New Group Wants to Bring Staffers Together Through Golf
Lewis Myers is the commissioner of the Congressional Golf Association

Lewis Myers in 2017 with the Quicken Loans Trophy, awarded to the winner of a PGA tournament hosted by Tiger Woods. The tournament and its proceeds make an impact in the D.C. community. (Courtesy  Lewis Myers)

Congressional staffers are trying whatever they can to bring people together in this tough political climate, and Lewis Myers thinks the golf course might be a place to do that.

“The golf ball doesn’t really recognize Republican or Democrat, so we should be able to come together and play the game we love,” said the six-year Capitol Hill veteran, who is the scheduler for California Democratic Rep. Norma J. Torres.

Top Diversity Associations on Capitol Hill Run by Women
All four major diversity congressional staff associations are run by women for first time ever

From left, Victoria Rivas, president of the Congressional Hispanic Staff Association; Francesca McCrary, president of the Congressional Black Associates; Moh Sharma, president of the Congressional Asian Pacific American Staff Association; and Yasmin Rigney, president of the Senate Black Legislative Staff Caucus. (Tom Williams/CQ Roll Call)

For the first time, women now head the four largest congressional staff diversity associations.

And they say that makes perfect sense after all the focus on sexual harassment and gender disparity over the past year.

Women Who Run the Show
Monica Popp and Alexis Covey-Brandt are chiefs of staff in leadership offices

Monica Popp has been Senate Majority Whip John Cornyn’s chief for almost three years. (Tom Williams/CQ Roll Call)

Republicans haven’t exactly followed the advice of conservative icon Margaret Thatcher, who liked to say, “If you want anything done, ask a woman.”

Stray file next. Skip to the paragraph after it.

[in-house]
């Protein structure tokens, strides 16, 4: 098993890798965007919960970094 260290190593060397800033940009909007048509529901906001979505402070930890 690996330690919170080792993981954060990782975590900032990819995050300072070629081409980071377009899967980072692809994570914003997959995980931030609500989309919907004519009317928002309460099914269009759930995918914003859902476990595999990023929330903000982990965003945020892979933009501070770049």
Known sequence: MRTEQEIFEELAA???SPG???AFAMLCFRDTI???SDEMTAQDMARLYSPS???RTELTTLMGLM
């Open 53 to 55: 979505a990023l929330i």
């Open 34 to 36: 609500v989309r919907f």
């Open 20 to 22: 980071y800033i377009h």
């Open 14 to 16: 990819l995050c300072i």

The GOP has five female senators, and none in leadership. It can seem like a man’s caucus, at least from the outside looking in.

Rep. Zoe Lofgren on When ‘Administrative Assistants Ran the Hill’
California Democrat started out as a staffer in the 1970s

California Rep. Zoe Lofgren started out as an intern on Capitol Hill right out of college. (CQ Roll Call file photo)

When Rep. Zoe Lofgren was a staffer forty years ago, articles of impeachment were flying. Still, she thinks Congress is more chaotic now.

The California Democrat replaced her former boss, Rep. Don Edwards, after he retired in 1994.

From Assistant to Chief, Women Heading Hill Offices
‘I don’t want people from the outside world calling and thinking I’m taking dictation in here’

Rep. Rosa DeLauro hugs fellow Connecticut Democrat Sen. Christopher J. Dodd during a 2010 event. In 1981, she joined a handful of congressional female chiefs of staff when Dodd hired her off the campaign trail. Also pictured, at left, former House Majority Leader Richard A. Gephardt. (CQ Roll Call file photo)

Women have been heading up congressional offices dating back to the 1940s, but that “assistant” position looked very different from today’s chief of staff post.

The 1946 Legislative Reorganization Act created the title of administrative assistant, which evolved into chief of staff. In 1947, there were about six female administrative assistants in the Senate, according to Senate Historian Betty K. Koed.

Opinion: We All Have the Same Challenges
Female staffers should be judged by the results they produce